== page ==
A Kind of Magic #1 - Examining the Immortal Appeal of Highlander
They are Princes of the Universe, filled with blood of kings. Caught in a game of death, their long lives are violent and tragic. They walk among us unseen, fighting in the shadows. In the end, there can be only one.
If for no other reason, Highlander deserves a big place in pop culture history for introducing a living, breathing world inhabited by interesting characters with deep histories. In many ways, those characters are just like us, but with one big exception. In the world of Highlander, mysterious immortals fight for the prize, and our world is their battleground. The promise of the 1986 cult classic movie starring Christopher Lambert, Sean Connery, and Clancy Brown was eventually fulfilled in the television series that ran for six seasons and quickly transcended its syndicated brethren, exploring complicated issues and immortal problems at great length. Subjects like the pain of losing mortal loved ones to illness and old age, the boredom that comes with living for hundreds of years, and the nature of morality when there are no consequences for doing evil are all explored at great length on the TV show. Both the cinematic forays and television series tackle some weighty issues, but balance these thoughtful topics with lots and lots of sword fighting, violence, and mysticism. They're thoughtful, but with pop sensibilities.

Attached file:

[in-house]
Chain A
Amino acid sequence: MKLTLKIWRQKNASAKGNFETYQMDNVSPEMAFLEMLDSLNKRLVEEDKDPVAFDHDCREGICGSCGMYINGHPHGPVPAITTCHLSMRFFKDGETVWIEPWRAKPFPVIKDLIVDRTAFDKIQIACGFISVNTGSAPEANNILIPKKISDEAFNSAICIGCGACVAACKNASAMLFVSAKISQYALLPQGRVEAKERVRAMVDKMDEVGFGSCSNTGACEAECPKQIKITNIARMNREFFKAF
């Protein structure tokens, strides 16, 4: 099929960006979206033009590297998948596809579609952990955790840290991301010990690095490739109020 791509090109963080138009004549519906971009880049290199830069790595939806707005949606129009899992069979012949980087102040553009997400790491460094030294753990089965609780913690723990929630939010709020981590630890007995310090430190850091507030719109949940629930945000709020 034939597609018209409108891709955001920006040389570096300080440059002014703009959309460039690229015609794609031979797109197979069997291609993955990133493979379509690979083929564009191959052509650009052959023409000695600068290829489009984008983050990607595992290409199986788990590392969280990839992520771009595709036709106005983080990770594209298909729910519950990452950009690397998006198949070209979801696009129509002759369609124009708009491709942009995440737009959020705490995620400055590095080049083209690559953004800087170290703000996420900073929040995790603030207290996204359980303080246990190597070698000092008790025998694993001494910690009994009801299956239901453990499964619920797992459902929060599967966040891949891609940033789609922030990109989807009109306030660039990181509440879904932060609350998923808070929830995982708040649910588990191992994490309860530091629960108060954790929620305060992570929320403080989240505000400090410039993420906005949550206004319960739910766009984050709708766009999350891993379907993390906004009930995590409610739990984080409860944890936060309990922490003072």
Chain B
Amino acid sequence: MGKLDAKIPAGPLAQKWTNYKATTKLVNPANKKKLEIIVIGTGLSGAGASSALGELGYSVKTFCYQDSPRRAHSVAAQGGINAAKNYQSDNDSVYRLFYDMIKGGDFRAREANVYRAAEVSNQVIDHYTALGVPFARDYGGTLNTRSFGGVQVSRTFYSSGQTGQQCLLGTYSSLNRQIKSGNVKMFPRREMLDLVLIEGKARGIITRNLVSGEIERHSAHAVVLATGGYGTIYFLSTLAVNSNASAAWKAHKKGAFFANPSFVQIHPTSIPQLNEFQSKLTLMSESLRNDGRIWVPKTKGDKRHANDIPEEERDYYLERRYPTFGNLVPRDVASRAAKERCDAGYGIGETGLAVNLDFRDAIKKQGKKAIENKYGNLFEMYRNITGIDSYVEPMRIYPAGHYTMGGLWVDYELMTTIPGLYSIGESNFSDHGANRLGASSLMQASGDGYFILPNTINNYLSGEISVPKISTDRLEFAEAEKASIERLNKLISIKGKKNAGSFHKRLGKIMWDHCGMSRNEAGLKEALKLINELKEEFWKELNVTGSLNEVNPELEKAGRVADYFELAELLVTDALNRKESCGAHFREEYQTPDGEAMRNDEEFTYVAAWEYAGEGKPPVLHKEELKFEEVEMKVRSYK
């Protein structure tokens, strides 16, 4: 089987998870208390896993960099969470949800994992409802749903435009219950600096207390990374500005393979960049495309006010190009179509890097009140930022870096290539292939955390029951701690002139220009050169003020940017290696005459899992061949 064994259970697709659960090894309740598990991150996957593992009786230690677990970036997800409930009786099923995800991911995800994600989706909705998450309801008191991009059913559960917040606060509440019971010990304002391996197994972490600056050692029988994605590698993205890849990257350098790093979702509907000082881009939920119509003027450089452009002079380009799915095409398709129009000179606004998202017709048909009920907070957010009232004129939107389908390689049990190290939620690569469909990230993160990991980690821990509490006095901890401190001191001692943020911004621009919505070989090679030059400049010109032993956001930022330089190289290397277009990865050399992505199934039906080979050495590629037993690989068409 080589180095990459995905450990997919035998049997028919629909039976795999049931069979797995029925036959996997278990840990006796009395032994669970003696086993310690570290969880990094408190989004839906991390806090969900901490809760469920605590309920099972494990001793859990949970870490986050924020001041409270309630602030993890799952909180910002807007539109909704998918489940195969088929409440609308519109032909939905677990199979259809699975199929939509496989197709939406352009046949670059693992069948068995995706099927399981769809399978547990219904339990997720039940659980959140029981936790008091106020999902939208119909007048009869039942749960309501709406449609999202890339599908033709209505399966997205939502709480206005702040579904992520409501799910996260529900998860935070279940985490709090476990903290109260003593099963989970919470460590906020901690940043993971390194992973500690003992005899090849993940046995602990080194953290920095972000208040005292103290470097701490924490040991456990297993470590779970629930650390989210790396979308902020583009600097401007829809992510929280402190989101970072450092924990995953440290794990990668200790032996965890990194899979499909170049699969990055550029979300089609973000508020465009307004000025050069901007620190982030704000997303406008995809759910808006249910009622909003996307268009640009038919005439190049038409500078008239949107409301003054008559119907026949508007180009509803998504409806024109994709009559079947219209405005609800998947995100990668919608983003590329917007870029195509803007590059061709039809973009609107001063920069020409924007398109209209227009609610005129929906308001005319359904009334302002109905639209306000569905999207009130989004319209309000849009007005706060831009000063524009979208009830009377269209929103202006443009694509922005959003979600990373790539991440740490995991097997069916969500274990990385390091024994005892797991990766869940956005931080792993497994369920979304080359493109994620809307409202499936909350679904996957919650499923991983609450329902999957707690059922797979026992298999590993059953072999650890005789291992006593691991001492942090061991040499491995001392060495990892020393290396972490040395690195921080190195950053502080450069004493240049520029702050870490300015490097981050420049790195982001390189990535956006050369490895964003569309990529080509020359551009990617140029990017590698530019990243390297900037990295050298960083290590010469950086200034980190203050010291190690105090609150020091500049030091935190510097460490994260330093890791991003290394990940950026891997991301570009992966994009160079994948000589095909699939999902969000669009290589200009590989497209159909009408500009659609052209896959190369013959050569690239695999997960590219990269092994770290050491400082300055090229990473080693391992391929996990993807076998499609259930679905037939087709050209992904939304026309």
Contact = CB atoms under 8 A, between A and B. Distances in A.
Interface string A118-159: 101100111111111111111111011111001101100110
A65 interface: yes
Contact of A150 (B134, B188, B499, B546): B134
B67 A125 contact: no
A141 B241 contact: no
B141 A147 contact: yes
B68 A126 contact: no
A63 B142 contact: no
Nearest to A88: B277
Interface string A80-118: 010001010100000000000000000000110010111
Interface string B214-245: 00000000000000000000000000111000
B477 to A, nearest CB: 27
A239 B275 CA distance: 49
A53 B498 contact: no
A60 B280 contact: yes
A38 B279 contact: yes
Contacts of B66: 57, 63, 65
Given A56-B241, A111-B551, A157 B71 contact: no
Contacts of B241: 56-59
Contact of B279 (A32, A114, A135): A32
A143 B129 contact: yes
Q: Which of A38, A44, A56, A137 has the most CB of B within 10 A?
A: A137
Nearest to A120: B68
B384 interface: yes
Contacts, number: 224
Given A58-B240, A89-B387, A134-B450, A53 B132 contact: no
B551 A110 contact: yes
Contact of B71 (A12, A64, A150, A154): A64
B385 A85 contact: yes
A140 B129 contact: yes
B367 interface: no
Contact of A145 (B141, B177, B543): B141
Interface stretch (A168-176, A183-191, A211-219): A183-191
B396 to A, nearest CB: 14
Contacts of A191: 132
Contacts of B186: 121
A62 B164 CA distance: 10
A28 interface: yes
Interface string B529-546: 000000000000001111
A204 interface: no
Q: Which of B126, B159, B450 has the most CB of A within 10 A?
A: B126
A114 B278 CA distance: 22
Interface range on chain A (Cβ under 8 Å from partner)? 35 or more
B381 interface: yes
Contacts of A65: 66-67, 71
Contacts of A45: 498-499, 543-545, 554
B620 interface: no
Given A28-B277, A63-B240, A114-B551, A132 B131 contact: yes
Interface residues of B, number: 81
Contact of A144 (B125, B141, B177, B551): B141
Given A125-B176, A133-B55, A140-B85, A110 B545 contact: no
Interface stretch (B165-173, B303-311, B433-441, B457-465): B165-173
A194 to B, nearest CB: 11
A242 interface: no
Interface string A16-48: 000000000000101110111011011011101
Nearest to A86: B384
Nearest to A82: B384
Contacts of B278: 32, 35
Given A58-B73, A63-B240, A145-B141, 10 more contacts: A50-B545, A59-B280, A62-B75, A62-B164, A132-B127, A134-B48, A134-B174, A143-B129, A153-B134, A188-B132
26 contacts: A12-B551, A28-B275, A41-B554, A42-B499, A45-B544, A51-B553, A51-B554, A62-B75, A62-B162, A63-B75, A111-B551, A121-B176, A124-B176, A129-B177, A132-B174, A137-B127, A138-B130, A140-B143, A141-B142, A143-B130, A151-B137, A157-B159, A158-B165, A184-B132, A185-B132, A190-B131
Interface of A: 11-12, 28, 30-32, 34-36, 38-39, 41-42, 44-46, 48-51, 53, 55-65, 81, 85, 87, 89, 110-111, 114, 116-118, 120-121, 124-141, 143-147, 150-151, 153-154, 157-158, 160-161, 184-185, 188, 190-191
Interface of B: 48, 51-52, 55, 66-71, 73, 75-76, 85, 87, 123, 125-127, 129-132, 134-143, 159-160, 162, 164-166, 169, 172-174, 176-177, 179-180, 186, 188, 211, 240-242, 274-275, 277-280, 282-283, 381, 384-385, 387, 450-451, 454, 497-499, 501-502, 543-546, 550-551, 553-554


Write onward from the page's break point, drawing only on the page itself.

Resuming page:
Maybe there are a few reasons for this. The concept owes to the original movie, Highlander, which successfully blended historical action with a science fiction concept against a modern fantasy backdrop. Highlander the feature film was never going to be an Academy Award darling; it was destined for midnight screenings and holds appeal to people who also enjoy Conan the Barbarian and high-concept eighties films like Krull or the live-action Masters of the Universe. Truthfully, there's a lot more substance to Highlander than the initial film is able to really explore in under two hours, and that feeling that we're only getting the tip of the iceberg and that there's so much more waiting to be explored permeates that initial outing. Unfortunately, it seems like you had to be there, and if a viewer didn't catch up with Highlander during the 1980s or the 1990s, it doesn't seem very likely that there would be much appeal now, when high-budget genre entertainment is more polished and accessible.
The fact is, Highlander is pretty specific. It's underground. It's cult by definition. By its very nature, it seems designed to avoid the mainstream and appeal to a very narrow audience, but that audience holds on. There are many strikes against Highlander: terrible sequels, a dated aesthetic, and too many trips to the well that is all but dry. This should all add up to a franchise that peaked with the first movie and then died a slow death. Strangely, though, that isn't the case. Though every Highlander fan will admit to the shortcomings of the property, they will also tell you that there is just something about the adventures of Connor and Duncan MacLeod that capture their imaginations and won't let them go. There is something about Highlander that endures to this day.
In the next installment of "A Kind of Magic," we'll take a look at the movie that started it all. Until then...don't lose your head.
I remain a big fan of the Highlander franchise in that I like the first movie of course and thought there were a lot of great episodes of the TV series. I don't want to step on your toes getting into that prematurely though, but I look forward to you continuing this.ReplyDelete
Thanks for the comment, Ross! In my opinion, the first movie and the TV series work together to spin a pretty epic tale. It's a shame that there are many other (bad) entries in the franchise.ReplyDelete